Litton, area's top-rated QB, learns from growing pains
BY NICK WILLIAMS Tribune staff
Published: August 23, 2013
Updated: August 23, 2013 at 03:13 PM
All games at 7:30 p.m.
Gulf at Berkeley Prep
Steinbrenner at Sunlake
Alonso at King
Cooper City at Armwood
Blake at Tampa Bay Tech
Bloomingdale at Freedom
Bradenton Lakewood Ranch at Brandon
Carrollwood Day at North Port Imagine
Gaither at Wharton
Clearwater at Hillsborough
Plant City at Jefferson
Lennard at St. Pete Catholic
Riverview at Leto
Spoto at Newsome
Seminole Osceola at Robinson
Tampa Catholic at Sickles
Strawberry Crest at Middleton
Seffner Chr. at Northside Chr.
Chamberlain at East Bay
Orlando Oak Ridge at Durant
Tallahassee Godby vs. Plant at Raymond James Stadium, 3 p.m.
TAMPA — Wharton High senior quarterback Chase Litton knows there are misconceptions about his character.
He also understands most of that is because of his actions.
But as he journeys through his final season, which begins tonight, he hopes to turn doubters into believers and judgment into acceptance while showing that his true nature is what matters most to the 6-foot-6, 205-pound college prospect.
Litton enters the 2013 season as the top-rated quarterback in the Tampa Bay area. A consensus three-star prospect, his list of college suitors include Louisiana State University, South Florida, Marshall, Western Kentucky and Western Michigan. He also has received interest from Florida and Louisville.
His sophomore year, however, Litton made a decision that could have crippled his chance to play at the next level.
In February 2012, Litton and a former Wharton teammate were arrested on multiple charges, both felony and misdemeanor, for burglary and theft. Litton was booked on 10 counts and faced charges of third-degree felony burglary of unoccupied dwellings and vehicles, as well as theft.
“I look back at it now and realize it was a huge mistake,” Litton said. “I can't say I was pressured, but I was with wrong the people at the wrong time. A lot of people are going to perceive things about me from that, and I understand that. The worst thing is it hurt my family name. My mom was crying and my dad, I'll never forget the look on his face.”
Litton entered a pre-trial intervention program, performing community service, and the charges were administratively dismissed. According to Litton's father, Jeff, Chase served more than the amount of community service hours required.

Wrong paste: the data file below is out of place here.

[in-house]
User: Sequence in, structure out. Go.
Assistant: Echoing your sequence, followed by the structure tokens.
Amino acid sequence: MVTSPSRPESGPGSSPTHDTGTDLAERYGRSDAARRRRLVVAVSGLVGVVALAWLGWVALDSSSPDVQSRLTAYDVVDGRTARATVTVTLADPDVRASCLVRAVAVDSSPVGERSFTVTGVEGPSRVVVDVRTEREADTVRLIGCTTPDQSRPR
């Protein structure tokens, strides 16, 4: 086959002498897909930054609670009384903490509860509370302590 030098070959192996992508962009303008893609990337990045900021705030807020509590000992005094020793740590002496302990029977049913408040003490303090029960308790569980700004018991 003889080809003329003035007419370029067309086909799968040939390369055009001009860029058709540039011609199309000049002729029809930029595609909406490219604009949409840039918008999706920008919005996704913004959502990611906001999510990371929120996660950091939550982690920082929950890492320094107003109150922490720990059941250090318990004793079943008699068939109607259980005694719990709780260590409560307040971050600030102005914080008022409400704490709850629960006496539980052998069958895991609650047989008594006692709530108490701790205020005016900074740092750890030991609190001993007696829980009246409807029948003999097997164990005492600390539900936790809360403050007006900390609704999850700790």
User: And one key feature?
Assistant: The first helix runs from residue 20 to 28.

“He knows he's not invincible,” Jeff Litton said. “Just because he has athletic ability, he knows it can be gone in an instant. But he got a second chance. He knows there's no room for error. It was a revelation that he almost had everything taken away from him.”
Litton said the incident is a topic of discussion when he meets with college coaches, who say they don't want the risk of signing a troublemaker. Fortunately for Litton, the arrest has not been a detriment to his recruitment. On June 17, he announced his commitment to South Florida, only to announce a month later via Twitter he was de-committing.
In retrospect, it was another decision Litton wished he would have thought through.
“The way I handled it was immature, and I understand the way I handled it,” Litton said. “I should have called them, I should have let people know ahead of time. We ended up parting ways, but I love USF, and loved everything about them at the time being, and I still do.”
Overcoming his past is a constant battle. Also a standout basketball player at Wharton, Litton said fans chant and shout phrases relating to his arrest during games.
“I'm going to prove it on the field and on the court,” he said. “If you talk back, they win.”
All the while, Chase's mother, Lisa, has been engaged with a battle of her own. After overcoming cancer, Lisa was diagnosed with the autoimmune disease lupus.
“She's fighting,” Chase Litton said. “She's always fought through it. If anything, she always has her head up, and so do I.”
For Chase, football is an escape.
“As big and as strong as he thinks he is, he's scared to death,” Jeff Litton said. “He's scared to death about his mom. Football is a release. He can go out there for 60 minutes and let it all out. You can see it in his performance.”
Litton ended the 2012 football season as the top passer in Hillsborough County and the state's third-ranked quarterback for passing yards after he completed 181 of 310 attempts for 2,732 yards and 23 touchdowns. He also scored 1520 on his most recent SAT and has a 3.3 grade-point average.
Though college football is on the horizon, the senior wants focus on his final year of high school.
“Obviously, I want to go out on top,” Litton said. “I have the teammates to do it. I have great receivers and a good running back coming back, who to me is one of the best running backs we've ever had. They're my brothers.
“I look at them every day, and I wouldn't pick anyone else to go to war with.”